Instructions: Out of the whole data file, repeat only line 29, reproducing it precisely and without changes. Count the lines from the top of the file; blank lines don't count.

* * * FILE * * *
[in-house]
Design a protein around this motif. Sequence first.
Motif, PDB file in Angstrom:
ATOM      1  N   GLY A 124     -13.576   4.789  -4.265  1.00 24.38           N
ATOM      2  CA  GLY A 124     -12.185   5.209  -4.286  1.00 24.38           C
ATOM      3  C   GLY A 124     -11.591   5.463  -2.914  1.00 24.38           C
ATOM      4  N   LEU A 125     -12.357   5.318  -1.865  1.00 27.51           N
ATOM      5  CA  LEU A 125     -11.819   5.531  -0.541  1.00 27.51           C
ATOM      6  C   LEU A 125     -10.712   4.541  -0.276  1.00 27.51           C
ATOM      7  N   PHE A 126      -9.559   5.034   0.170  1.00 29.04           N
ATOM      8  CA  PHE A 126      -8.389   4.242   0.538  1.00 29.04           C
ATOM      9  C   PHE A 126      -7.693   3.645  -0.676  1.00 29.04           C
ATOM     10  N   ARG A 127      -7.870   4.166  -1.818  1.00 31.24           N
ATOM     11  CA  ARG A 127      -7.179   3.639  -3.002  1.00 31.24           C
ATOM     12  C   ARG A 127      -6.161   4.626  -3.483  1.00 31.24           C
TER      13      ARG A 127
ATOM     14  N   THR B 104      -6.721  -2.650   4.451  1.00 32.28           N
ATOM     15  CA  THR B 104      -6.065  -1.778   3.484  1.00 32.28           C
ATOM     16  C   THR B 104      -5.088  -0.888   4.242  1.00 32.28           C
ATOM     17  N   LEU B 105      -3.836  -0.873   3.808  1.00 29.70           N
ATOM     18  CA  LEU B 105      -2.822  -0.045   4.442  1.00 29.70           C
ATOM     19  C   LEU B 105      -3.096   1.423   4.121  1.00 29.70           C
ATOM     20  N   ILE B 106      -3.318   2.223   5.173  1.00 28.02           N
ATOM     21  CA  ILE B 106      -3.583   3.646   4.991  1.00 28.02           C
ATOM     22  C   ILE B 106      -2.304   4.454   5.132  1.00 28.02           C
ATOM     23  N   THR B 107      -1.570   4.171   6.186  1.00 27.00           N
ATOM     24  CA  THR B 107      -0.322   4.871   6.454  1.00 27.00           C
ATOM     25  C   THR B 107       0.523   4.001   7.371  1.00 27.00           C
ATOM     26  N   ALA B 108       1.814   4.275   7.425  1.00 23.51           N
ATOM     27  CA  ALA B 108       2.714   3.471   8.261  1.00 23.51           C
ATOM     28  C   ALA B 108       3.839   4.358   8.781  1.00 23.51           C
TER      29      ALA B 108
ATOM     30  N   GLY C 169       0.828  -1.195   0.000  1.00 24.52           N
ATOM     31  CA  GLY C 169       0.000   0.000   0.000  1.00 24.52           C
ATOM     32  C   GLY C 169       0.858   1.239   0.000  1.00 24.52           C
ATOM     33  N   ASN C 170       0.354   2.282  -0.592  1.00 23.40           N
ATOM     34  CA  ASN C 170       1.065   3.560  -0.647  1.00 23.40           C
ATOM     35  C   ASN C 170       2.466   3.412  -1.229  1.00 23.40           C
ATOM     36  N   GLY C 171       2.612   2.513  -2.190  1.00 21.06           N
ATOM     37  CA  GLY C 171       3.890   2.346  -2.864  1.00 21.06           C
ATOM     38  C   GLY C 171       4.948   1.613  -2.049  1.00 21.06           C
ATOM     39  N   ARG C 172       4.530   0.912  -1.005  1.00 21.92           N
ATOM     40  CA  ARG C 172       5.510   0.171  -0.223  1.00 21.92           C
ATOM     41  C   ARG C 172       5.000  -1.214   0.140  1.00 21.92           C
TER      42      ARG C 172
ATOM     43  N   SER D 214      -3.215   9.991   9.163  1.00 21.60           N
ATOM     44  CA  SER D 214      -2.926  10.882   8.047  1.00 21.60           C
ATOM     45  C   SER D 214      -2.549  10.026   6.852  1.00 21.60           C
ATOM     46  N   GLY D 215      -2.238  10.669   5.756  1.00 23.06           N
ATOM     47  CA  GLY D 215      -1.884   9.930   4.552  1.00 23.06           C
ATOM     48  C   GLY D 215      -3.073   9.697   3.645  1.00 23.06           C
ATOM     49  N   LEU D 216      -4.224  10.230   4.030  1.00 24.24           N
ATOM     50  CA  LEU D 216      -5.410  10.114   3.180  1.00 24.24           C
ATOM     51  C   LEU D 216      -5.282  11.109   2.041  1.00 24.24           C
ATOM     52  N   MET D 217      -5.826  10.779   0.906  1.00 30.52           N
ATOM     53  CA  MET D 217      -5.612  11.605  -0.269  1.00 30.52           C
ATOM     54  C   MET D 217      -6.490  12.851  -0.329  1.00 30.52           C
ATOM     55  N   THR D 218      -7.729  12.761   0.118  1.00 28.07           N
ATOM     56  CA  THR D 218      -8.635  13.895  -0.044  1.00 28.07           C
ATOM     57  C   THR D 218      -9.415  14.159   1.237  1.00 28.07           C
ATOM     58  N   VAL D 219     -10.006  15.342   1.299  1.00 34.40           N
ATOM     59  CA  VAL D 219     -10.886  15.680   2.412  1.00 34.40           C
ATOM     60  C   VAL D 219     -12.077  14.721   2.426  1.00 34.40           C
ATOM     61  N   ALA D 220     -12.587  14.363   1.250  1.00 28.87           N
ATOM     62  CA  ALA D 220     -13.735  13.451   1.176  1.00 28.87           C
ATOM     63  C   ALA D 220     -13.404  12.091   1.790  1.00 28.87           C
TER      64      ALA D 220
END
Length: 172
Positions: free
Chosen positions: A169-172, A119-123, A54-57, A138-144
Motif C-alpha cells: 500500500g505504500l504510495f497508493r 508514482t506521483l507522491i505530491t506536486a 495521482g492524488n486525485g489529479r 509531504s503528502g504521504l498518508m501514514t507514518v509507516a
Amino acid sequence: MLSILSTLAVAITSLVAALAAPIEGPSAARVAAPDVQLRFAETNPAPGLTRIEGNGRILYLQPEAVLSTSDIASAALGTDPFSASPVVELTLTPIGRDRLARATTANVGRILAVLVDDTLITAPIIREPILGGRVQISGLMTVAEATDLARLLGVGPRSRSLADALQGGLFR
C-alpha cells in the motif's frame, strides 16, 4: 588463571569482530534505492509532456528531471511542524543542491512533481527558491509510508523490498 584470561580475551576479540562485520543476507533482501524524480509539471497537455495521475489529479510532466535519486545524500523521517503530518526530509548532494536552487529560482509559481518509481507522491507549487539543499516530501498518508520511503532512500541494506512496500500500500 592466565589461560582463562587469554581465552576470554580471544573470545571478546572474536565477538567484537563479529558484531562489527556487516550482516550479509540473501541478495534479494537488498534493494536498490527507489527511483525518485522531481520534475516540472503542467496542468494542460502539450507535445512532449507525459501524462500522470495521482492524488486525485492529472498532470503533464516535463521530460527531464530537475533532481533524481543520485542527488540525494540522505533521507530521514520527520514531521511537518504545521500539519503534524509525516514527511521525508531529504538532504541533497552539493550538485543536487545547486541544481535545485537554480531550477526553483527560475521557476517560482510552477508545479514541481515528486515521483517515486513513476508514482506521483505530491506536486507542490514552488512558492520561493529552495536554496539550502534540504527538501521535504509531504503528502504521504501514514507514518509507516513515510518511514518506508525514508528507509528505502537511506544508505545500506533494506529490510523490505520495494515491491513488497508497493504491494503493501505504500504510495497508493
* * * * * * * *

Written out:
ATOM     26  N   ALA B 108       1.814   4.275   7.425  1.00 23.51           N